Using the first job run to optimize subsequent runs with Azure Data Lake job AU analyzer


Customers have been telling us it's hard to find the right balance between Analytics Units (AUs) and job execution time. For too many users, optimizing a job means running the job in the cloud using trial and error to find the best AU allocation that balances cost and performance. Today we are happy to introduce the AU Analysis feature to help you discover the best AU allocation strategy for a specific job. You can find this new feature by opening the job view and clicking on the AU Analysis tab in the Azure Portal or in the latest Visual Studio tools.

Watch a quick demo of the video here:

Find the best AU allocation for your job

A Data Lake job is billed by the number of AU-hours it consumes (specified AUs multiplied by job execution time). You may want to optimize for cost (reducing AU waste) or achieve a certain SLA in response time (e.g. hourly job should finish after 30 minutes and not take longer than 1 hour).

How can you know how long it will take a job to run at different levels of AU allocation without running it many times in the cloud? The analyzer takes the execution information gathered while the job ran and simulates how different AU allocations might impact the run time of the job.

On the AU Analysis tab, you can see two AU allocation suggestions - 'Balanced' and 'Fast' that are based on your job’s particular characteristics (e.g. how parallelizable it is, how much data it is processing, etc.). If you are looking for the most cost-effective use of AUs, where you get the maximum improvement in execution time for the least number of additional AU-hours, then 'Balanced' is the one you want. Remember that you may not always see a linear reduction in job execution time by increasing the number of AUs. On the other end of the spectrum, you may want to prioritize performance, in which case choose ‘Fast’ to see the corresponding AUs and job run time.

In the example job below, the job originally ran for 2.5 hours with 50 AUs allocated, while 127.1 AU-hours were used. If we choose the 'Balanced' option, you will see that the job can run 8 times faster than the original round (2.5 hours to 18.7 minutes) even with 9% percentage reduction of AU-hours (127.1 to 115.2). In the chart you can also find the simulated AU usage over time in this option.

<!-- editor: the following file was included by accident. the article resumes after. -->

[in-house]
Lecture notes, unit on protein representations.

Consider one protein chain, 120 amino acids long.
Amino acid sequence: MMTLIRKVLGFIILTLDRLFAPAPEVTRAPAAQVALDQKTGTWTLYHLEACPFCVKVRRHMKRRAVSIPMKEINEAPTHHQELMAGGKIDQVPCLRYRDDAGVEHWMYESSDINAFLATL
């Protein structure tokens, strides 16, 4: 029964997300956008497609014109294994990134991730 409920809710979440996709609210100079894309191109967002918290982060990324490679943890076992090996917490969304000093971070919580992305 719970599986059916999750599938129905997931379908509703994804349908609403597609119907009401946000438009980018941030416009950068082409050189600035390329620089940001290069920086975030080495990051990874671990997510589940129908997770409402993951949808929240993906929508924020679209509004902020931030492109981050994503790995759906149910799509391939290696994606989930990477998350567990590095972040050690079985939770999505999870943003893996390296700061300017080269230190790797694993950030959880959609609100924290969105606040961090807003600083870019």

If you want to know the best performance with a reasonable efficiency, then the ‘Fast’ option will serve you well. It shows how many AUs are needed for the best performance. As you can see in the screenshot below, allocating 1765 AUs causes the job to finish in only 11.8 minutes.

 

 

If you want to achieve a certain SLA in response time or explore other AU allocations, the AU analyzer also enables you to explore the AU hours versus job runtime by using the custom slider bar to dynamically see how the charts and numbers changes for different settings.

In the screenshot below, by selecting Custom card and moving the slider bar, we can see that you need to allocate 81 AUs to have the job finished in 1 hour (costing 83.4 AU-hours).

 

How accurate is the analyzer?

Basically, the analyzer uses a local job scheduler to simulate actual execution. It relates very closely to the job scheduler running in the cluster, except that it does not take into consideration the dynamic situations (network latencies, hardware failure, etc.) which may cause vertex rerun or slowness. To learn how those dynamic factors affect the accuracy of the analyzer, we tested it on several hundred production jobs and achieved correct estimates in better than 99% of the cases.

 

Try this feature today!

Give this feature a try and let us know your feedback in the comments.

Interested in any other samples, features, or improvements? Let us know and vote for them on our UserVoice page!

 

Learn more

For more detailed introduction about AU usage and job cost you can refer to the two blogs below.

Understanding the Data Lake Analytics Unit

How to Save Money and Control Costs with Azure Data Lake Analytics


Comments (0)

Skip to main content